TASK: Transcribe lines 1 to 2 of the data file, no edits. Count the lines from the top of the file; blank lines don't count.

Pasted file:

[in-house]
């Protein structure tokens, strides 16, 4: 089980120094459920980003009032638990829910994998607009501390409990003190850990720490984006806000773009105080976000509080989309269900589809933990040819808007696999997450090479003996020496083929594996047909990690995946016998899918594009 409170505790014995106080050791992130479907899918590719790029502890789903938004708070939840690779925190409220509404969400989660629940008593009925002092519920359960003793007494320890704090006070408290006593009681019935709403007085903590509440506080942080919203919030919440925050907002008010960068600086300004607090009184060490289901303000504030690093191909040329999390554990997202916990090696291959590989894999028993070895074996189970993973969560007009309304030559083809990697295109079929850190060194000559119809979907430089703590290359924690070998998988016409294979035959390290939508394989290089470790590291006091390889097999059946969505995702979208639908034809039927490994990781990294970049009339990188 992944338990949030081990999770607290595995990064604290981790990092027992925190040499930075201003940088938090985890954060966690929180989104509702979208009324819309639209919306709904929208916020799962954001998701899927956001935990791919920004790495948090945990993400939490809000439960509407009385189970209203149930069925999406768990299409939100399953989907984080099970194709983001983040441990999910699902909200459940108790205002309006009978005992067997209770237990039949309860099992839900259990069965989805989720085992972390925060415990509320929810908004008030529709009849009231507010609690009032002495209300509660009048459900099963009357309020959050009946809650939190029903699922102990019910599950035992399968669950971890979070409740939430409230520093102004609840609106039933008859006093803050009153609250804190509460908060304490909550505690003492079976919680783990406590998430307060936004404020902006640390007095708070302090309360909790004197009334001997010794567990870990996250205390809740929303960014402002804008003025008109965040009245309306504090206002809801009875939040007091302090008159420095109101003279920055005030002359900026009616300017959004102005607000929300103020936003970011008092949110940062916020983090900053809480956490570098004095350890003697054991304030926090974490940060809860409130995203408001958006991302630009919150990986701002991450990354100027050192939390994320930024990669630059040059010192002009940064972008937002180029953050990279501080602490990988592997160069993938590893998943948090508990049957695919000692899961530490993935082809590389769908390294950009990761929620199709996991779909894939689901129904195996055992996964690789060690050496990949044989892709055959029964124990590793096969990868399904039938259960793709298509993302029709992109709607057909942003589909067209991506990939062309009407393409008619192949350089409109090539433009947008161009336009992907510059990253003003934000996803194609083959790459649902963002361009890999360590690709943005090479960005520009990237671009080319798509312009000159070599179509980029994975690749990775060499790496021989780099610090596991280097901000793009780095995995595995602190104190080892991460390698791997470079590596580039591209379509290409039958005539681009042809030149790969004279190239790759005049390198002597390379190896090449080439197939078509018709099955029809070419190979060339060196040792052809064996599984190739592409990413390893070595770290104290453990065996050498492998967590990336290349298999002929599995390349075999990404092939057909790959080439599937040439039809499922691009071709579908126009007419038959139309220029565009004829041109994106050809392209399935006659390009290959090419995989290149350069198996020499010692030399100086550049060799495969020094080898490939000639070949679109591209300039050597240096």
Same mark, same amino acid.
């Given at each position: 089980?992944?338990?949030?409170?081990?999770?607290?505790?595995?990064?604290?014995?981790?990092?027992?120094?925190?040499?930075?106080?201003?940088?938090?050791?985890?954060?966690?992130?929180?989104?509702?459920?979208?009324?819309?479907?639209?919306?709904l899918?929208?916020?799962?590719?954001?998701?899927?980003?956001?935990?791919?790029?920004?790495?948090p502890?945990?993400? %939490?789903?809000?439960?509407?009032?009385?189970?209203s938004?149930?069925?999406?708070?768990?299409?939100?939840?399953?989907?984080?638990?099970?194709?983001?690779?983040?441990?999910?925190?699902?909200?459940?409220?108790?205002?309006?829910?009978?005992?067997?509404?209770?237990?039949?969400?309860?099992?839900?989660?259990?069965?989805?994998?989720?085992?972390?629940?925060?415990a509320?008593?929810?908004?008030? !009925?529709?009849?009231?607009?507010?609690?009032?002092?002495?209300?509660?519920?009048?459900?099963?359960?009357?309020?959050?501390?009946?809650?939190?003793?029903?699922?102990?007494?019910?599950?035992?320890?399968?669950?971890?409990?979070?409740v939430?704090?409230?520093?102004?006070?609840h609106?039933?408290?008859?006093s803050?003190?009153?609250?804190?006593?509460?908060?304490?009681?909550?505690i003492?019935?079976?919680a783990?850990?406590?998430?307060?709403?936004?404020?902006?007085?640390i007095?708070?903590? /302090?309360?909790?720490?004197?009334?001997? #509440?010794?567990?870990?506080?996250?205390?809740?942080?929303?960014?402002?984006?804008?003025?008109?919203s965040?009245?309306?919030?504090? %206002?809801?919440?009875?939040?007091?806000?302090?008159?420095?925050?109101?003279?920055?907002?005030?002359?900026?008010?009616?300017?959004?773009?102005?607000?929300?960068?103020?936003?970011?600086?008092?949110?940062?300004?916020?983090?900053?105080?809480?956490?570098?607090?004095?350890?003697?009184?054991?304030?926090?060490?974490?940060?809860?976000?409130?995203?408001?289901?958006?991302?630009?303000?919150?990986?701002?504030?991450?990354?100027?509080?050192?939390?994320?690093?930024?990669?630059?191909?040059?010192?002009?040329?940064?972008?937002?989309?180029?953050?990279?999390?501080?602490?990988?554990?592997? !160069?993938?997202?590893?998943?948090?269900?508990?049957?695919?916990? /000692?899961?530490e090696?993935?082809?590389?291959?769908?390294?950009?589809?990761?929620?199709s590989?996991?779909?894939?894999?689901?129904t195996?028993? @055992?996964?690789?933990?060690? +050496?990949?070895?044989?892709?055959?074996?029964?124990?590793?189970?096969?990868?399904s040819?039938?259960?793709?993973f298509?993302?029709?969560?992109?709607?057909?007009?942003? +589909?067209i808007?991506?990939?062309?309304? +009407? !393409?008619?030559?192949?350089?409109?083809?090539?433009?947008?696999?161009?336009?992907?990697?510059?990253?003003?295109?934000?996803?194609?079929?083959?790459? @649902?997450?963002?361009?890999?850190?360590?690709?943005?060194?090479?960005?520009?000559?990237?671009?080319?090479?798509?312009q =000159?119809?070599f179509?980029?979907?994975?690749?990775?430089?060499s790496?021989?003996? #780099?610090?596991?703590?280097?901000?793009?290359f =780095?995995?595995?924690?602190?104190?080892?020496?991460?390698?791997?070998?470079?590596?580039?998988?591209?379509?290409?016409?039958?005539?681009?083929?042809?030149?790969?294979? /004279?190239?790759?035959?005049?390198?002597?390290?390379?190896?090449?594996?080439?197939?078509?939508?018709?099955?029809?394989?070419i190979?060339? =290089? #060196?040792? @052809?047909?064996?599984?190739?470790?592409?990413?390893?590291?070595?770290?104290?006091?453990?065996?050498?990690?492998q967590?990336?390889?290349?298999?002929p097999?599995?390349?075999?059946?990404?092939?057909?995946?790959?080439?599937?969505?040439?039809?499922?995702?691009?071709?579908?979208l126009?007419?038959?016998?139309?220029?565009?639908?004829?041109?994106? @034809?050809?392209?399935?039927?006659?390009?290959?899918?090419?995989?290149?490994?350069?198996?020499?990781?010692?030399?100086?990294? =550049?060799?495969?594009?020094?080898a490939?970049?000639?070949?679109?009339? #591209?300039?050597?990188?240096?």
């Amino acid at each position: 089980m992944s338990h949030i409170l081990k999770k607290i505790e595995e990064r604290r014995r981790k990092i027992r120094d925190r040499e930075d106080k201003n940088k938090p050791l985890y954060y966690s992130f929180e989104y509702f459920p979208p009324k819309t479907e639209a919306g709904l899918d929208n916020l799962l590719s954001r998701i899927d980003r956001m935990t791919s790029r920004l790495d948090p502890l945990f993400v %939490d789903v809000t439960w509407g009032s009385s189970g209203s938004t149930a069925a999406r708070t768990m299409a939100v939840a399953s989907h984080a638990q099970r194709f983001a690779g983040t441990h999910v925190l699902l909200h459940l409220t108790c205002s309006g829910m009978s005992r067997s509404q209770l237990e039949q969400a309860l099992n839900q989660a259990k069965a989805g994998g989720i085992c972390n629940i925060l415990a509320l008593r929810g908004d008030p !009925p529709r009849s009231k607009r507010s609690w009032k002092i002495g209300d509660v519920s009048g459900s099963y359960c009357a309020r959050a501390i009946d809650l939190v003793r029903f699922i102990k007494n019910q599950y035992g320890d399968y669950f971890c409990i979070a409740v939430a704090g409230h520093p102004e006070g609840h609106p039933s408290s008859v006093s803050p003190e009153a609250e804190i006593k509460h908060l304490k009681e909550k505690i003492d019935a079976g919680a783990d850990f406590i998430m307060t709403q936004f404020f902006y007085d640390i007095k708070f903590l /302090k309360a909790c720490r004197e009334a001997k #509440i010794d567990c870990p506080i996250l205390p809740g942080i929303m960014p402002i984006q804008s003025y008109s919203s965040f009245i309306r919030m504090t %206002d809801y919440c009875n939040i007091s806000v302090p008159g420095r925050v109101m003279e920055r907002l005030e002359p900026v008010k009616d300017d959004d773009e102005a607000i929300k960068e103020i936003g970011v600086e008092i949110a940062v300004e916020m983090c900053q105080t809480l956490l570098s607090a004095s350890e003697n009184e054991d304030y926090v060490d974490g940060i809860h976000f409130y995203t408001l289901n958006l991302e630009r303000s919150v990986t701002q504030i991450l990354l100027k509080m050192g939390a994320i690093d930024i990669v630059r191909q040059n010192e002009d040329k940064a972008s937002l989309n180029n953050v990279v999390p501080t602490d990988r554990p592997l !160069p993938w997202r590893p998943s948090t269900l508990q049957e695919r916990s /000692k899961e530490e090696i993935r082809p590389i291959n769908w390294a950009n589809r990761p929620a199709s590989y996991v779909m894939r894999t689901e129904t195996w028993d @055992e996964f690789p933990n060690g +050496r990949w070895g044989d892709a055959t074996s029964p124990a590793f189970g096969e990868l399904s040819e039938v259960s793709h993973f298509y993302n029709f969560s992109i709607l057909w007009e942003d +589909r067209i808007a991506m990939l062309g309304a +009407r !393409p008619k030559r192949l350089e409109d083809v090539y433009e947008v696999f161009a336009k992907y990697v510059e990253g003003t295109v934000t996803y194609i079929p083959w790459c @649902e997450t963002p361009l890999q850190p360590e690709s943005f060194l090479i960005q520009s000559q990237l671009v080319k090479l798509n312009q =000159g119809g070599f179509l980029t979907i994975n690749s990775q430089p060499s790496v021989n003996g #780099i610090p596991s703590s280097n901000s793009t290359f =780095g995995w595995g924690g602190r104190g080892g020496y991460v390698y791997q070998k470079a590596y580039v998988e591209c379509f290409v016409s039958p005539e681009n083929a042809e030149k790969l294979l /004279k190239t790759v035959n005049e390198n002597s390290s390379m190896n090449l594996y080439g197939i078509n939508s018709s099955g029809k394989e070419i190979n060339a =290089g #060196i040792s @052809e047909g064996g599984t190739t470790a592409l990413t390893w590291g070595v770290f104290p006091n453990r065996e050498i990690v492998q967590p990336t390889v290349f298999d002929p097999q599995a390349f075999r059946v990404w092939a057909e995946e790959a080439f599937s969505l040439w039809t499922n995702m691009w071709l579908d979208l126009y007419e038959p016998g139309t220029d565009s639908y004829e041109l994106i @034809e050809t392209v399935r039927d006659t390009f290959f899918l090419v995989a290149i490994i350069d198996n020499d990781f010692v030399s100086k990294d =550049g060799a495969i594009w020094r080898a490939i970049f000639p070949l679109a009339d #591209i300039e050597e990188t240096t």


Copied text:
[in-house]
């Protein structure tokens, strides 16, 4: 089980120094459920980003009032638990829910994998607009501390409990003190850990720490984006806000773009105080976000509080989309269900589809933990040819808007696999997450090479003996020496083929594996047909990690995946016998899918594009 409170505790014995106080050791992130479907899918590719790029502890789903938004708070939840690779925190409220509404969400989660629940008593009925002092519920359960003793007494320890704090006070408290006593009681019935709403007085903590509440506080942080919203919030919440925050907002008010960068600086300004607090009184060490289901303000504030690093191909040329999390554990997202916990090696291959590989894999028993070895074996189970993973969560007009309304030559083809990697295109079929850190060194000559119809979907430089703590290359924690070998998988016409294979035959390290939508394989290089470790590291006091390889097999059946969505995702979208639908034809039927490994990781990294970049009339990188 992944338990949030081990999770607290595995990064604290981790990092027992925190040499930075201003940088938090985890954060966690929180989104509702979208009324819309639209919306709904929208916020799962954001998701899927956001935990791919920004790495948090945990993400939490809000439960509407009385189970209203149930069925999406768990299409939100399953989907984080099970194709983001983040441990999910699902909200459940108790205002309006009978005992067997209770237990039949309860099992839900259990069965989805989720085992972390925060415990509320929810908004008030529709009849009231507010609690009032002495209300509660009048459900099963009357309020959050009946809650939190029903699922102990019910599950035992399968669950971890979070409740939430409230520093102004609840609106039933008859006093803050009153609250804190509460908060304490909550505690003492079976919680783990406590998430307060936004404020902006640390007095708070302090309360909790004197009334001997010794567990870990996250205390809740929303960014402002804008003025008109965040009245309306504090206002809801009875939040007091302090008159420095109101003279920055005030002359900026009616300017959004102005607000929300103020936003970011008092949110940062916020983090900053809480956490570098004095350890003697054991304030926090974490940060809860409130995203408001958006991302630009919150990986701002991450990354100027050192939390994320930024990669630059040059010192002009940064972008937002180029953050990279501080602490990988592997160069993938590893998943948090508990049957695919000692899961530490993935082809590389769908390294950009990761929620199709996991779909894939689901129904195996055992996964690789060690050496990949044989892709055959029964124990590793096969990868399904039938259960793709298509993302029709992109709607057909942003589909067209991506990939062309009407393409008619192949350089409109090539433009947008161009336009992907510059990253003003934000996803194609083959790459649902963002361009890999360590690709943005090479960005520009990237671009080319798509312009000159070599179509980029994975690749990775060499790496021989780099610090596991280097901000793009780095995995595995602190104190080892991460390698791997470079590596580039591209379509290409039958005539681009042809030149790969004279190239790759005049390198002597390379190896090449080439197939078509018709099955029809070419190979060339060196040792052809064996599984190739592409990413390893070595770290104290453990065996050498492998967590990336290349298999002929599995390349075999990404092939057909790959080439599937040439039809499922691009071709579908126009007419038959139309220029565009004829041109994106050809392209399935006659390009290959090419995989290149350069198996020499010692030399100086550049060799495969020094080898490939000639070949679109591209300039050597240096």